Posts Programming on a full brain

Programming on a full brain

I like my job. Remember that.

“It helps to remind those who think of programming as a “cushy job” that programmer burnout rates are high, programmer divorce rates extraordinary, programmer work hours are obscene, programmer job security is next to non-existent, programmers come home from long work weeks of programming to spend hours more in unpaid self-training to keep up with a field that abandons those who stop learning for even six months.”

Found on USENET

Right now at work I’m juggling three projects, assisting on a forth and preparing for a fifth.

Add to the mix an endless parade of requests and email and phone calls and the fact that I haven’t had an official vacation (more than two consecutive days) in just over a year and you’ve got the recipe for programmer burnout.

There was a time just today where right in the middle of writing some code, I completely blanked out and could not remember what I was doing. I’d forgotten which project I was working on and even forgot which language I was writing in.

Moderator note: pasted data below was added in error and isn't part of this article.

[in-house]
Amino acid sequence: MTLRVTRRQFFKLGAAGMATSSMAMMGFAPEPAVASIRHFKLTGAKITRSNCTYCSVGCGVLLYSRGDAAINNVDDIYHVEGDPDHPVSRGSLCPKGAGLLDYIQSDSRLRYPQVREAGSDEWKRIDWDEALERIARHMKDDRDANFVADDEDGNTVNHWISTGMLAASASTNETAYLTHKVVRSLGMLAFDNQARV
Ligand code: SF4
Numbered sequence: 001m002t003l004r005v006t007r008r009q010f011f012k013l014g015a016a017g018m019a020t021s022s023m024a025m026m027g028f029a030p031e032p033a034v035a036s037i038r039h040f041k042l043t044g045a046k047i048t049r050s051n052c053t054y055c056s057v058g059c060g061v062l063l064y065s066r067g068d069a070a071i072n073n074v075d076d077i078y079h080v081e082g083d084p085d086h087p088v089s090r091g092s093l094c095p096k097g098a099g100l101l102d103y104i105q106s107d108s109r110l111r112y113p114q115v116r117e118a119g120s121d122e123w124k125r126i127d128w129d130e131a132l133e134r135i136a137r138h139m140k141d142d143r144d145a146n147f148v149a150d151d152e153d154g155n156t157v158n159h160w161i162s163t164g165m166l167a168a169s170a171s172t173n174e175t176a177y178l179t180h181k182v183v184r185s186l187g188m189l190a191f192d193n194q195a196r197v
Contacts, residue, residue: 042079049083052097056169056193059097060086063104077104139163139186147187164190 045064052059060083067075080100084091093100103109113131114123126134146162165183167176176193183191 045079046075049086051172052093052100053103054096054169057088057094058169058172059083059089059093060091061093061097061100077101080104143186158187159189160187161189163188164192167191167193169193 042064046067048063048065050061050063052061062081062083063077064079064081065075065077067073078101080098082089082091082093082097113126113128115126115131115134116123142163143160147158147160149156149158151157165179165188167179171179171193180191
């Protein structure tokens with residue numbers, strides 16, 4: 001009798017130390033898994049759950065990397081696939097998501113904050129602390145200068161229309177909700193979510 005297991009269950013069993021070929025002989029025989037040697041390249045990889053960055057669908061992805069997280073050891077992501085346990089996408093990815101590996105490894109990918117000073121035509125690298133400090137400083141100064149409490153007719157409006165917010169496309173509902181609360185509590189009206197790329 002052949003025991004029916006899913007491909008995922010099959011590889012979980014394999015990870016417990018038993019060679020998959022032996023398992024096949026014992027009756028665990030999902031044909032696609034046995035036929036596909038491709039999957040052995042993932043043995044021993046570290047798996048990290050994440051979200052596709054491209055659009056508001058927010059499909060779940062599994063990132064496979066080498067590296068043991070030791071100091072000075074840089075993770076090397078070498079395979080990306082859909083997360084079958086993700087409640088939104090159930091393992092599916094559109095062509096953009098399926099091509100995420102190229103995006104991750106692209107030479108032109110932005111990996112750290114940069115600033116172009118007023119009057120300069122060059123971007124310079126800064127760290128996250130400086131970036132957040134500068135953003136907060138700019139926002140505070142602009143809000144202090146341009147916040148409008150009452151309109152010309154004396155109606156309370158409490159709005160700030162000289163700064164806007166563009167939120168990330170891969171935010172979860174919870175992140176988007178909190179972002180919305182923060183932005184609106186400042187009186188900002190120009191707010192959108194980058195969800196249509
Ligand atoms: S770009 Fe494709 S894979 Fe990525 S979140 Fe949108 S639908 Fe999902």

Luckily, my phone rang before I could regain my senses and before I knew it I had agreed to donate a large chunk of any future free time to providing yet another solution for yet another department (although, the programmer in me saw that this re-engineering job, while not officially a “Project”, really needs to be done. The way they get their data and process it currently borders on ridiculous… Must fix that.)

The problem I run into is that it feels so good to solve problems. I love knowing that I’m the one responsible for changing the way entire groups of people do business during the day. It’s especially nice to hear “Hey, thanks. That program / database / template / spreadsheet / webpage you made has helped me so much.” or “What used to take us all day now takes us an hour!” and just the occasional “You Da Man!” is nice too. That kind of encouragement makes me want to keep doing what I’m doing.

So I accept another project…

…and help out with somebody else’s project.

…and promise to meet a tight deadline.

…and return the phone call I know is a request for more work.

…and keep going to work day after day.

I like my job.

But I need a break.

This post is licensed under CC BY 4.0 by the author.